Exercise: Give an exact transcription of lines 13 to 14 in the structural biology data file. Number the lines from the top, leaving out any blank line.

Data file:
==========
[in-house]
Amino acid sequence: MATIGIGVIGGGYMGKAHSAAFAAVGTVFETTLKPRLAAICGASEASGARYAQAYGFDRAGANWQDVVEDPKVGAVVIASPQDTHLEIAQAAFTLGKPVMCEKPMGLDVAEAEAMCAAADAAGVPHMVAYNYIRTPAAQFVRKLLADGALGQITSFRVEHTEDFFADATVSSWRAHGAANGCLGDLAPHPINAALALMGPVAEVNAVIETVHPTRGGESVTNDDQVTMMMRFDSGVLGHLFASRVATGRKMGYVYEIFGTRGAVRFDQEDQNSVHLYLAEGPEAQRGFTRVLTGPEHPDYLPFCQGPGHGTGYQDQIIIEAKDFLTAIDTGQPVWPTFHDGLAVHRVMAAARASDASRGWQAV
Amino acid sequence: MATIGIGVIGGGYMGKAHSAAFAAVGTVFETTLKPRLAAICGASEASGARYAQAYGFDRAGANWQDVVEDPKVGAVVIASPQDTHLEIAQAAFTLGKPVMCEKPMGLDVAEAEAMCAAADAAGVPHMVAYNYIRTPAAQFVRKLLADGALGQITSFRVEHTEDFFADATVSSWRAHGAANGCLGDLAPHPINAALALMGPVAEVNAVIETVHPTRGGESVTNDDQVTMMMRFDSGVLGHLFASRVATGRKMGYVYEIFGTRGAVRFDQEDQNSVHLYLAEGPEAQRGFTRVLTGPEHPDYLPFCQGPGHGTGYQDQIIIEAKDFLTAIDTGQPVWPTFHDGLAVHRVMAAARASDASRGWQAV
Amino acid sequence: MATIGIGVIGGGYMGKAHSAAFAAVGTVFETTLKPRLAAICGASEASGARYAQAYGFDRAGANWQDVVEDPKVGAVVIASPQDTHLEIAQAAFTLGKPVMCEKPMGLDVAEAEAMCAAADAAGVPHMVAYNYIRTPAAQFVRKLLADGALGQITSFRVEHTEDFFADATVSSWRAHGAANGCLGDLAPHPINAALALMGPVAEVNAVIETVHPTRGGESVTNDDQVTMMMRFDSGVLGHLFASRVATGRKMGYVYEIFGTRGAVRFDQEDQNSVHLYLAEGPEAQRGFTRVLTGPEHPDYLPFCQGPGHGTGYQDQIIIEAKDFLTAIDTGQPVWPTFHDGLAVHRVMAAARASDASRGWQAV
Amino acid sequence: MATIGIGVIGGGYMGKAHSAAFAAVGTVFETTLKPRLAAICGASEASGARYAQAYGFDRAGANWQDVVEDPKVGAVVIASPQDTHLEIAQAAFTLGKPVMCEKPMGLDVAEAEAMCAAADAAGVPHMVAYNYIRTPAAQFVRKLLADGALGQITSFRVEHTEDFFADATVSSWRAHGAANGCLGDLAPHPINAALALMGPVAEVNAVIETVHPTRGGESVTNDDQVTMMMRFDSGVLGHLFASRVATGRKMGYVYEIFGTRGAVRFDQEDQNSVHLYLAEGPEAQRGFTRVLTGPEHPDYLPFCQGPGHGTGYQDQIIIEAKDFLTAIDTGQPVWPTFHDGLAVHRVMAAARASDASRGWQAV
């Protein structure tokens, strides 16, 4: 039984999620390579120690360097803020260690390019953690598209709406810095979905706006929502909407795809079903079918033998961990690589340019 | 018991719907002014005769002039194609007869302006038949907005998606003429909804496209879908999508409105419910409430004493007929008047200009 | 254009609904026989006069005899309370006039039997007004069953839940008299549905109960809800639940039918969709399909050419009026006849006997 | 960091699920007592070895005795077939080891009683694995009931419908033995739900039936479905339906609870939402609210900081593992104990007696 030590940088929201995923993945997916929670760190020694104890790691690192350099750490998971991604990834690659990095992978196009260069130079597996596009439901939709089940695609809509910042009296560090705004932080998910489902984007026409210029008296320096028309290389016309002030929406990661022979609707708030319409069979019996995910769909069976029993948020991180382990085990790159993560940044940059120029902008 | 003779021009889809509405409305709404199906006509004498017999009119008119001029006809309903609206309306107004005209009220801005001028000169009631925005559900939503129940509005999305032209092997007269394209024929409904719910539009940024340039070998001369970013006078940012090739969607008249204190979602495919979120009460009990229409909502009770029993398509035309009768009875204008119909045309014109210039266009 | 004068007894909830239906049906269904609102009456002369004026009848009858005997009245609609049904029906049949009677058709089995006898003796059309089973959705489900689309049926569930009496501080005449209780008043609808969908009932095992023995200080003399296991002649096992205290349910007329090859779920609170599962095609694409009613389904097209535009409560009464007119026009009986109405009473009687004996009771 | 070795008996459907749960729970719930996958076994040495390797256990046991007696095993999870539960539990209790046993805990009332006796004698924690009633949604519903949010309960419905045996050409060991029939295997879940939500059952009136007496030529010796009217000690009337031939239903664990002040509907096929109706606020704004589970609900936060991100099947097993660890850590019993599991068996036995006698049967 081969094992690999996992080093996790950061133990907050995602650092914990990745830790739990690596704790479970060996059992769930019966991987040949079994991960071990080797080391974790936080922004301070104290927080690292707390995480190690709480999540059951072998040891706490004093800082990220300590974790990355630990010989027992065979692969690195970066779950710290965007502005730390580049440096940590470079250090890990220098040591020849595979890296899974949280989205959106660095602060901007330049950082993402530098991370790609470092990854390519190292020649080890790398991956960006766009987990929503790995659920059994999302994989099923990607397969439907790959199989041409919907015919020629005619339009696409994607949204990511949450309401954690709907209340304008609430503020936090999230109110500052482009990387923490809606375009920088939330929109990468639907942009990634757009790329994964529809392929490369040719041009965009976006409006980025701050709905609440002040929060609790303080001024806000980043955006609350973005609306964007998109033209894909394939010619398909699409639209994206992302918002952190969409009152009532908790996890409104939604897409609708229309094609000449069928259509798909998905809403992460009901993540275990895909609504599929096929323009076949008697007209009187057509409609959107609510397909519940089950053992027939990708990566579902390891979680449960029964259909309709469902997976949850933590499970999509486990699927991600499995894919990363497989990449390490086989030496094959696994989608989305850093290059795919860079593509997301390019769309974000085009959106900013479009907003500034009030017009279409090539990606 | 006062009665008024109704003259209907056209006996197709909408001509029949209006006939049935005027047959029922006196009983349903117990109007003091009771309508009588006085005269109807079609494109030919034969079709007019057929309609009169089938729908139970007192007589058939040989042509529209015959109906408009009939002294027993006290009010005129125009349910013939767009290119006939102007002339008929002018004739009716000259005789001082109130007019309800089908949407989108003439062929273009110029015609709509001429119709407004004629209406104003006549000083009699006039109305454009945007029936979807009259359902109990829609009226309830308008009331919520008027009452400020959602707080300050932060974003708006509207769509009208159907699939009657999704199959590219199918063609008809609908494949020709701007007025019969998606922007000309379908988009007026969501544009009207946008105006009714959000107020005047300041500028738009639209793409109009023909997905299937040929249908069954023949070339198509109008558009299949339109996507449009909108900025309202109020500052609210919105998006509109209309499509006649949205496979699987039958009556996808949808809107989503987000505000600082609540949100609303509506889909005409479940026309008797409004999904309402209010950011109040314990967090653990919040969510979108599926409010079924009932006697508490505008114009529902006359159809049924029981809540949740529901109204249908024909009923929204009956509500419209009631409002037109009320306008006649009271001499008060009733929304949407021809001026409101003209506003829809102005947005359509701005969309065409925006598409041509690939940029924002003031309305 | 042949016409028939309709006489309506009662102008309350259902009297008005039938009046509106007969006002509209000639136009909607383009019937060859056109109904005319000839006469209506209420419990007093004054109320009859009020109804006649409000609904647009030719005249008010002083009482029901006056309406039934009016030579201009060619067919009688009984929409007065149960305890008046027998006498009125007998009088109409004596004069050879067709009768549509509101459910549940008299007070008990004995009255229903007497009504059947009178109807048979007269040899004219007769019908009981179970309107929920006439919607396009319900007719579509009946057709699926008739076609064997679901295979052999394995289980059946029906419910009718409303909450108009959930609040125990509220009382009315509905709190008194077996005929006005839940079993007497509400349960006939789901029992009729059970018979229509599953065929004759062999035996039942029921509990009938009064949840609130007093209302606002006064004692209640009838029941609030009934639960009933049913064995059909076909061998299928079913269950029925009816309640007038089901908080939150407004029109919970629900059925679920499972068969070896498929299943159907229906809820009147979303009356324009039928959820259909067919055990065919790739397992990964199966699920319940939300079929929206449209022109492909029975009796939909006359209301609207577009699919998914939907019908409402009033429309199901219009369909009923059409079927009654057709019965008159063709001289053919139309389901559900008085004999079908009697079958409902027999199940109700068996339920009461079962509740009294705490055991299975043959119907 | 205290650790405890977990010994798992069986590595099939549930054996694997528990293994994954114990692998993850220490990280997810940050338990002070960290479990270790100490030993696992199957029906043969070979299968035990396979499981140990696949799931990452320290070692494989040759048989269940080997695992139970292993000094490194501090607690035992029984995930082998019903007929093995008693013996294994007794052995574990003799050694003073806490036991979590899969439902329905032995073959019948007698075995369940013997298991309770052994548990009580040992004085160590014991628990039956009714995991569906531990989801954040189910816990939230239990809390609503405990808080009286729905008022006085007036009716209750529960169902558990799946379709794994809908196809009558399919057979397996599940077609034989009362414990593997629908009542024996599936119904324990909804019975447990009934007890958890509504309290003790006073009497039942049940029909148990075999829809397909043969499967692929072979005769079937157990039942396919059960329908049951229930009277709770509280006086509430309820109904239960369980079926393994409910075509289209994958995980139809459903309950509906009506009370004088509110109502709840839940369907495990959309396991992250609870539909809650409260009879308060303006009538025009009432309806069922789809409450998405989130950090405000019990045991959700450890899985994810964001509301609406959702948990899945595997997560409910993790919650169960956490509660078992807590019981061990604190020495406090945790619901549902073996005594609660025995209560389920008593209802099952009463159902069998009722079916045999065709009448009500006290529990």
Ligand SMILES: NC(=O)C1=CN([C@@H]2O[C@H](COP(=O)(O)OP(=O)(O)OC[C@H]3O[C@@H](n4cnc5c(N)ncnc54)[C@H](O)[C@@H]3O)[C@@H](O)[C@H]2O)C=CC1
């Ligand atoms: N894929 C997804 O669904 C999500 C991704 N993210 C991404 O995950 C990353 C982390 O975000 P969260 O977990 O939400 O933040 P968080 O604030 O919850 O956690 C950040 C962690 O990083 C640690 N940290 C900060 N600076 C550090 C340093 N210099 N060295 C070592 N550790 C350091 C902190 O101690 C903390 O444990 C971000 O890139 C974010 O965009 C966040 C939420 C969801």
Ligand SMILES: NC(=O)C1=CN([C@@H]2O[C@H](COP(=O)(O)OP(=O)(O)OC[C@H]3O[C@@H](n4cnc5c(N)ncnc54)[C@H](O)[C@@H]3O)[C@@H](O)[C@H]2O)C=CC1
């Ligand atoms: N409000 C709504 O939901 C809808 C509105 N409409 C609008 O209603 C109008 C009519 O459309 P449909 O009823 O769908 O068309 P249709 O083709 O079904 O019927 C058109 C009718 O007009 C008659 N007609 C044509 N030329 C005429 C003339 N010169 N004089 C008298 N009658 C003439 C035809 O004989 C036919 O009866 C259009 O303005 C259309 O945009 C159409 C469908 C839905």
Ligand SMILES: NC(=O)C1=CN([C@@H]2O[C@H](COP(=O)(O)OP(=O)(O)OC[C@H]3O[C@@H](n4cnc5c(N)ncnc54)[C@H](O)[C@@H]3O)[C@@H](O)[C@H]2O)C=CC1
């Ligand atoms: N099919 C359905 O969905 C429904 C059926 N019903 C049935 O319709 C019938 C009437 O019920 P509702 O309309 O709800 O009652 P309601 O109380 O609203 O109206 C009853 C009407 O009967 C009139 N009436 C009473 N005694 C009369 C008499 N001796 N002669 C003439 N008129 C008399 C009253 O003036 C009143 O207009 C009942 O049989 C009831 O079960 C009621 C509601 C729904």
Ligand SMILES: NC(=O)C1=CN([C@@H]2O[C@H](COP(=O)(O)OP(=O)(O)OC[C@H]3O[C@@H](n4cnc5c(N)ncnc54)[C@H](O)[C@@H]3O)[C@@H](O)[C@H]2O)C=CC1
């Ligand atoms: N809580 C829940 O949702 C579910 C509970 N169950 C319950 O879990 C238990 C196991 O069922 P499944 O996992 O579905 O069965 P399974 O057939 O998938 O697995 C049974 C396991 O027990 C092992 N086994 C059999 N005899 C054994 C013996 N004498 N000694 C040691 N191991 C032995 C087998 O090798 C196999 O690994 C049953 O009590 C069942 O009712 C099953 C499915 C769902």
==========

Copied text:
Ligand SMILES: NC(=O)C1=CN([C@@H]2O[C@H](COP(=O)(O)OP(=O)(O)OC[C@H]3O[C@@H](n4cnc5c(N)ncnc54)[C@H](O)[C@@H]3O)[C@@H](O)[C@H]2O)C=CC1
């Ligand atoms: N809580 C829940 O949702 C579910 C509970 N169950 C319950 O879990 C238990 C196991 O069922 P499944 O996992 O579905 O069965 P399974 O057939 O998938 O697995 C049974 C396991 O027990 C092992 N086994 C059999 N005899 C054994 C013996 N004498 N000694 C040691 N191991 C032995 C087998 O090798 C196999 O690994 C049953 O009590 C069942 O009712 C099953 C499915 C769902």